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No snow? No ice? No problem!

By Staff
Justin Schuver, Sports Editor
The game of the True North is finally starting to arrive in the Deep South.
Hockey, long derided as a Canadian or northern United States game, has gone through its growing pains in the southern United States, but the game is finally starting to catch on down here.
Witness the Nashville Predators, who at a little more than a 1.5-hour drive from Hartselle are this area's closest professional team.
The Predators, who are only an eight-year old franchise, are currently one of the top teams in the NHL's Western Conference, trailing powerhouse Detroit in the Central Division by only three points (in hockey, you get two points for a win and one point if the game goes to overtime).
The Predators made the playoffs for the first time in franchise history in 2004 and appear well in shape to make it back once more.
Another Southern franchise, the Atlanta Thrashers, currently sit in eighth place in the Eastern Conference and are one of the hottest teams in the NHL after winning seven of their last 10 games. Left-wing sniper Ilya Kovalchuk is the LeBron James of the NHL, currently leading the league in goals despite being three months younger than your humble sports editor.
Then of course there's the Tampa Bay Lightning, who were the last team to win the Stanley Cup. Although they haven't had the same success yet this season, the Bolts have still become one of the league's greatest draws and are currently seventh in the East. Playing in front of an average attendance of 20,672 fans, the Lightning have the second-best average fan attendance in the league behind only hockey-mad Montreal.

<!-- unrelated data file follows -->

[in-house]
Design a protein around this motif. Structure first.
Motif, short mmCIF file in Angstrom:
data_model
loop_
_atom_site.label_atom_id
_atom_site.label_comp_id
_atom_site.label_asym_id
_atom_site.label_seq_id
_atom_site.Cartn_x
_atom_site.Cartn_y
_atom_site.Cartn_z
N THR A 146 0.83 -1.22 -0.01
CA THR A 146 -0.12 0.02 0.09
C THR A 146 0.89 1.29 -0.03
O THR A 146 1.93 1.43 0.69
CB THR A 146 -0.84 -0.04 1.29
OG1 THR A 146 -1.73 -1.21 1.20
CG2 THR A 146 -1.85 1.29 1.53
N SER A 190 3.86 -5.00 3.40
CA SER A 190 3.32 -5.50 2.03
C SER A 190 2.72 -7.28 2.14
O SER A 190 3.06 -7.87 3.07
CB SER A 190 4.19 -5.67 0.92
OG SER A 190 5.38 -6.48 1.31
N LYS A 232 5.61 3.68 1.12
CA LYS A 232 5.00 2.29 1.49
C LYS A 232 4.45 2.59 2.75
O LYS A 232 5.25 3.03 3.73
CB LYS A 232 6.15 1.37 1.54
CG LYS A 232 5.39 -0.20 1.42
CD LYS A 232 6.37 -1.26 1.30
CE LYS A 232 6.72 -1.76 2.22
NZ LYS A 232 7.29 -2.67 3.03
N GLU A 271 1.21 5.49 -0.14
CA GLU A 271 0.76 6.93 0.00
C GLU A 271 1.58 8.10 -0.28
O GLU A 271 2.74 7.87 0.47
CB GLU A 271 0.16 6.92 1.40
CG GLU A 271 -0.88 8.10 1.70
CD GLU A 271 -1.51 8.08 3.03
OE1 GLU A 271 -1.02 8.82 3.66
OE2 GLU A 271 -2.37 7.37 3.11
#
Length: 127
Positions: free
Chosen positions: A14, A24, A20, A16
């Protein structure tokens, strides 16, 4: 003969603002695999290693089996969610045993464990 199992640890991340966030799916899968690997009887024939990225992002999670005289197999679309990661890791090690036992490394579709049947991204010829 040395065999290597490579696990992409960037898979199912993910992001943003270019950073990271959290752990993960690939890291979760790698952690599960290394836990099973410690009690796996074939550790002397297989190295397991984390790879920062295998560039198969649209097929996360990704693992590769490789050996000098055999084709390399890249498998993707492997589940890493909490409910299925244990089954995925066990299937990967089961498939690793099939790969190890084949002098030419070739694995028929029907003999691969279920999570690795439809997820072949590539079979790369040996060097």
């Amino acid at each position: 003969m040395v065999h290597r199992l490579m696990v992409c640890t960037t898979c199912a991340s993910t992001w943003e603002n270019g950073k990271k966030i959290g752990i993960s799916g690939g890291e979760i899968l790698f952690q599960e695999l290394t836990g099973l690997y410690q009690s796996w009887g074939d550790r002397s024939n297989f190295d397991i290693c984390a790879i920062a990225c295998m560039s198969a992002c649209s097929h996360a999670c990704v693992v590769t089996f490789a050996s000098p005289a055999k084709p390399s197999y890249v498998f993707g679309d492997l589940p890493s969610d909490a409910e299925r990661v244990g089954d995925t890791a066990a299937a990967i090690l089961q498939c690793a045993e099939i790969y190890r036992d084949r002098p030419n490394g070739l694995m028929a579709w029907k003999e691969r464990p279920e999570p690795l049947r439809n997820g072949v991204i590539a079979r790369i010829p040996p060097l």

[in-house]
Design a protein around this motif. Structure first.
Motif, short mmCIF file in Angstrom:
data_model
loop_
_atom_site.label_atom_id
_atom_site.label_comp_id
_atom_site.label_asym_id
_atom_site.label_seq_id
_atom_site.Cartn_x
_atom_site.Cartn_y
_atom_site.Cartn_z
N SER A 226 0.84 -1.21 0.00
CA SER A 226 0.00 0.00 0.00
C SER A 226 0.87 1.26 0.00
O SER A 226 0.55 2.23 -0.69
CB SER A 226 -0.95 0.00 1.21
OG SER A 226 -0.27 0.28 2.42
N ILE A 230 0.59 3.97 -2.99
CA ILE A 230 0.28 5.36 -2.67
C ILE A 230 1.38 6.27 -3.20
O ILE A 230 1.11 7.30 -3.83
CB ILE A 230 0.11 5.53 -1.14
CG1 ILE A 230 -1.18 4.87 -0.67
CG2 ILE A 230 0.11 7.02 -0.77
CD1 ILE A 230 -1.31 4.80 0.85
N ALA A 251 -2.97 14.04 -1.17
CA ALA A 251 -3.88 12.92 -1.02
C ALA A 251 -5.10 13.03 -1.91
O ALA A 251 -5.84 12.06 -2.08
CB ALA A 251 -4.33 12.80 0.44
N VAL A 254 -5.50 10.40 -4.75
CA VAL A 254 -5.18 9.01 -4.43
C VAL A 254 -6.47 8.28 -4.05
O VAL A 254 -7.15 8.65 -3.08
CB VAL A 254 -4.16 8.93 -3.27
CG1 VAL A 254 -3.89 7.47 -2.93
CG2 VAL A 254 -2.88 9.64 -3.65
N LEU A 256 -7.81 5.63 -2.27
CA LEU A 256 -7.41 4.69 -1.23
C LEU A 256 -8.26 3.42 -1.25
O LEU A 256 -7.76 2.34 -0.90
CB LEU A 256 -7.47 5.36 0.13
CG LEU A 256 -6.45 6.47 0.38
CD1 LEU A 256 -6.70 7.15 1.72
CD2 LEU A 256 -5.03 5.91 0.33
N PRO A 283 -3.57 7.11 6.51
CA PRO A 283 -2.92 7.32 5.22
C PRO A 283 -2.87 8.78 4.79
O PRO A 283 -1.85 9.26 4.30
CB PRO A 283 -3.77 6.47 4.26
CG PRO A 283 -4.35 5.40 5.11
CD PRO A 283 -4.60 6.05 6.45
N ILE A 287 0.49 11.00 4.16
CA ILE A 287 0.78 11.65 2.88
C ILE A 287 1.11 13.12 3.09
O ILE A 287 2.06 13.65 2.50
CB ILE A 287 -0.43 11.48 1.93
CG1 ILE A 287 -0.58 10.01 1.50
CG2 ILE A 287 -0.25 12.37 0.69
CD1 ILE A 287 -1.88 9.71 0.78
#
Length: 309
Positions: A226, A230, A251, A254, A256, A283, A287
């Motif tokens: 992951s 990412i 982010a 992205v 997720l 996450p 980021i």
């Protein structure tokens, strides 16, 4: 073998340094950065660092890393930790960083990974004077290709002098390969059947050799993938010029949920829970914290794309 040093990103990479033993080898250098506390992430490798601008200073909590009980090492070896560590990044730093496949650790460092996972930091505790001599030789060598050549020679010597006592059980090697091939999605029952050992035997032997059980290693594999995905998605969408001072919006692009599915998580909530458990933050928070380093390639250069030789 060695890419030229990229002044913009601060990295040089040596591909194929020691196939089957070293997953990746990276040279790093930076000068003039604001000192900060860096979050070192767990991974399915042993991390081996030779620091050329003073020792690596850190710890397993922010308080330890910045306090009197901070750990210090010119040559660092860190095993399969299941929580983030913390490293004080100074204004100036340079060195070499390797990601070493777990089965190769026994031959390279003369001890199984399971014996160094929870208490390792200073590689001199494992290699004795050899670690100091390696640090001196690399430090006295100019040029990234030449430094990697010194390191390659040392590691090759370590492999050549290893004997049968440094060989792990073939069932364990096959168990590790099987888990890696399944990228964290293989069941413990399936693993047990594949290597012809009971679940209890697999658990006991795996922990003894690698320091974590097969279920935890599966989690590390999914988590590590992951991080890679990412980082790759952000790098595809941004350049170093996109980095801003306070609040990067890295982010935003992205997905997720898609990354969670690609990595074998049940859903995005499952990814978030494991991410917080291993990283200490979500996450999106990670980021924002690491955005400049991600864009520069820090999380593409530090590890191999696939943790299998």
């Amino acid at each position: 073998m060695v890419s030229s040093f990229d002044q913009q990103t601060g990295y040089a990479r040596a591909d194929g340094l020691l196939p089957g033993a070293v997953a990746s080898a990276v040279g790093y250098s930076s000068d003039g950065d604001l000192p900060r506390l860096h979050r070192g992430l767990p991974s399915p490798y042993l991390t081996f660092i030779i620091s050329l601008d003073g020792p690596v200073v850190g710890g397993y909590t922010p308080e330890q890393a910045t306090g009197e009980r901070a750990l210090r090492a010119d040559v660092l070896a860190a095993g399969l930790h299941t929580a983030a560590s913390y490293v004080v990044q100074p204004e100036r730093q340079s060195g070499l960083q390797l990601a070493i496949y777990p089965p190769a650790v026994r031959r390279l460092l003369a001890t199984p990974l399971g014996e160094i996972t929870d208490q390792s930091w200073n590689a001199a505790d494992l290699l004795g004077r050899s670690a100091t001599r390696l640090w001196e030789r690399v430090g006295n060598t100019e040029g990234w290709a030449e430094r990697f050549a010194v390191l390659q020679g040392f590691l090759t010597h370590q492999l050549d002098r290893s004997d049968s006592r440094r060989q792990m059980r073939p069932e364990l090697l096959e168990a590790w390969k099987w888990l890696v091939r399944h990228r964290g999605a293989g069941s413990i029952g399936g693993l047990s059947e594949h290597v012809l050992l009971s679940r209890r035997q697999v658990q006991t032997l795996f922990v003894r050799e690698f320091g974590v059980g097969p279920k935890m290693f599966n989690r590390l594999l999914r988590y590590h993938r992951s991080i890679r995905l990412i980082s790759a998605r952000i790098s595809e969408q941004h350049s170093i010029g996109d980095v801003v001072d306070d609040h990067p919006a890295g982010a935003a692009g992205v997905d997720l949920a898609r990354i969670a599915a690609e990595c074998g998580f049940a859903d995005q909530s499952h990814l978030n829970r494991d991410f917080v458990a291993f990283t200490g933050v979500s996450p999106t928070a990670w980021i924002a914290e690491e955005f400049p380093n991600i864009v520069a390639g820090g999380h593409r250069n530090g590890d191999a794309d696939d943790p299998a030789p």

Southern fans, in addition to being drawn to a winning team regardless of sport, have discovered the qualities of hockey that make it palatable to most sports fans. The game is fast, full of hitting and contact and features some great athletes.
Perhaps even more important than the growth of NHL franchises in the South has been the increase in youth leagues and participation. Huntsville has an amateur hockey league for high schoolers and most NHL cities like Atlanta and Nashville have sprouted vibrant youth and adult hockey league communities.
Hockey will also take center stage this February as the world's best players gather in Torino, Italy, for the Winter Olympics.
Both Alabama-Huntsville and the semi-pro Huntsville Havoc play at nearby Von Braun Center.
It's no secret that hockey is not your typical Southern sport, but the success that it's seen in cities like Nashville, Atlanta and Huntsville show that it's making ground in a part of the country where football is king and baseball is next in command.
Give it a chance.

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